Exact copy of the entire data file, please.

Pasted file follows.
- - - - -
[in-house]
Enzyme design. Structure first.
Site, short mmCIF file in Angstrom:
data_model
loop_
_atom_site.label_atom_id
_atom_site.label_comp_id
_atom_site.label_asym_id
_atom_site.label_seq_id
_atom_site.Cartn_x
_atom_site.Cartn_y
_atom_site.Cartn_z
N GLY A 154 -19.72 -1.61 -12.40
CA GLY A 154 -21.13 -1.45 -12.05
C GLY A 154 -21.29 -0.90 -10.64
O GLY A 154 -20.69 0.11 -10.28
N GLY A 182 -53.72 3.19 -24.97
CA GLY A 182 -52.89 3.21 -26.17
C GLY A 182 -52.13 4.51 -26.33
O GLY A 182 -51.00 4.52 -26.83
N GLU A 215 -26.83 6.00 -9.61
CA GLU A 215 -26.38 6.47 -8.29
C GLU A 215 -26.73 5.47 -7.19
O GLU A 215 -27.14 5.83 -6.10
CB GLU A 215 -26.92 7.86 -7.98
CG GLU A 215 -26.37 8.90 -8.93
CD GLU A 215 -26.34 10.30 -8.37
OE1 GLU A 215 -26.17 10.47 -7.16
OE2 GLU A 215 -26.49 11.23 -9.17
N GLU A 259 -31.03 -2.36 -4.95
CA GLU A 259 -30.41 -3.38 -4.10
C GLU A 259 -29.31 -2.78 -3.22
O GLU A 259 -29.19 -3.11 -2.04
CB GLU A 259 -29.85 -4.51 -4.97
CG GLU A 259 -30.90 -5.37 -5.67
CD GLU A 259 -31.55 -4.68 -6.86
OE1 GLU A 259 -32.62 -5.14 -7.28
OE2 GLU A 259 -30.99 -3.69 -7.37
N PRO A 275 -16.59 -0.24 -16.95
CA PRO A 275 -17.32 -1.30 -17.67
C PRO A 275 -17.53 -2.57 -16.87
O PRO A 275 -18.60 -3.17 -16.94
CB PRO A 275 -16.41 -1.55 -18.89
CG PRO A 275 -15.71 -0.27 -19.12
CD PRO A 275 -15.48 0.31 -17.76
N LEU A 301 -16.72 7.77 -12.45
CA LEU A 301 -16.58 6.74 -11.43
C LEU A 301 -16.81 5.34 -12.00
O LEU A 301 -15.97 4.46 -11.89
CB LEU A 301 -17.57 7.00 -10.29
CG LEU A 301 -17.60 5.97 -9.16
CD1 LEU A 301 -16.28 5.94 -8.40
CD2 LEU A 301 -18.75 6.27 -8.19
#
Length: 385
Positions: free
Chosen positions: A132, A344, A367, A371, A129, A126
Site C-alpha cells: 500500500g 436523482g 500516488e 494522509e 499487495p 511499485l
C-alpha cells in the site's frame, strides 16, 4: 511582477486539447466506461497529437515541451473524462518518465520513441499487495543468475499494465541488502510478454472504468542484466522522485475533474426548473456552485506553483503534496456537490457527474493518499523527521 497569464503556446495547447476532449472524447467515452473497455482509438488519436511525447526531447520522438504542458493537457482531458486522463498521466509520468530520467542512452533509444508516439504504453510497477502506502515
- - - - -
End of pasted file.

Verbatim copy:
[in-house]
Enzyme design. Structure first.
Site, short mmCIF file in Angstrom:
data_model
loop_
_atom_site.label_atom_id
_atom_site.label_comp_id
_atom_site.label_asym_id
_atom_site.label_seq_id
_atom_site.Cartn_x
_atom_site.Cartn_y
_atom_site.Cartn_z
N GLY A 154 -19.72 -1.61 -12.40
CA GLY A 154 -21.13 -1.45 -12.05
C GLY A 154 -21.29 -0.90 -10.64
O GLY A 154 -20.69 0.11 -10.28
N GLY A 182 -53.72 3.19 -24.97
CA GLY A 182 -52.89 3.21 -26.17
C GLY A 182 -52.13 4.51 -26.33
O GLY A 182 -51.00 4.52 -26.83
N GLU A 215 -26.83 6.00 -9.61
CA GLU A 215 -26.38 6.47 -8.29
C GLU A 215 -26.73 5.47 -7.19
O GLU A 215 -27.14 5.83 -6.10
CB GLU A 215 -26.92 7.86 -7.98
CG GLU A 215 -26.37 8.90 -8.93
CD GLU A 215 -26.34 10.30 -8.37
OE1 GLU A 215 -26.17 10.47 -7.16
OE2 GLU A 215 -26.49 11.23 -9.17
N GLU A 259 -31.03 -2.36 -4.95
CA GLU A 259 -30.41 -3.38 -4.10
C GLU A 259 -29.31 -2.78 -3.22
O GLU A 259 -29.19 -3.11 -2.04
CB GLU A 259 -29.85 -4.51 -4.97
CG GLU A 259 -30.90 -5.37 -5.67
CD GLU A 259 -31.55 -4.68 -6.86
OE1 GLU A 259 -32.62 -5.14 -7.28
OE2 GLU A 259 -30.99 -3.69 -7.37
N PRO A 275 -16.59 -0.24 -16.95
CA PRO A 275 -17.32 -1.30 -17.67
C PRO A 275 -17.53 -2.57 -16.87
O PRO A 275 -18.60 -3.17 -16.94
CB PRO A 275 -16.41 -1.55 -18.89
CG PRO A 275 -15.71 -0.27 -19.12
CD PRO A 275 -15.48 0.31 -17.76
N LEU A 301 -16.72 7.77 -12.45
CA LEU A 301 -16.58 6.74 -11.43
C LEU A 301 -16.81 5.34 -12.00
O LEU A 301 -15.97 4.46 -11.89
CB LEU A 301 -17.57 7.00 -10.29
CG LEU A 301 -17.60 5.97 -9.16
CD1 LEU A 301 -16.28 5.94 -8.40
CD2 LEU A 301 -18.75 6.27 -8.19
#
Length: 385
Positions: free
Chosen positions: A132, A344, A367, A371, A129, A126
Site C-alpha cells: 500500500g 436523482g 500516488e 494522509e 499487495p 511499485l
C-alpha cells in the site's frame, strides 16, 4: 511582477486539447466506461497529437515541451473524462518518465520513441499487495543468475499494465541488502510478454472504468542484466522522485475533474426548473456552485506553483503534496456537490457527474493518499523527521 497569464503556446495547447476532449472524447467515452473497455482509438488519436511525447526531447520522438504542458493537457482531458486522463498521466509520468530520467542512452533509444508516439504504453510497477502506502515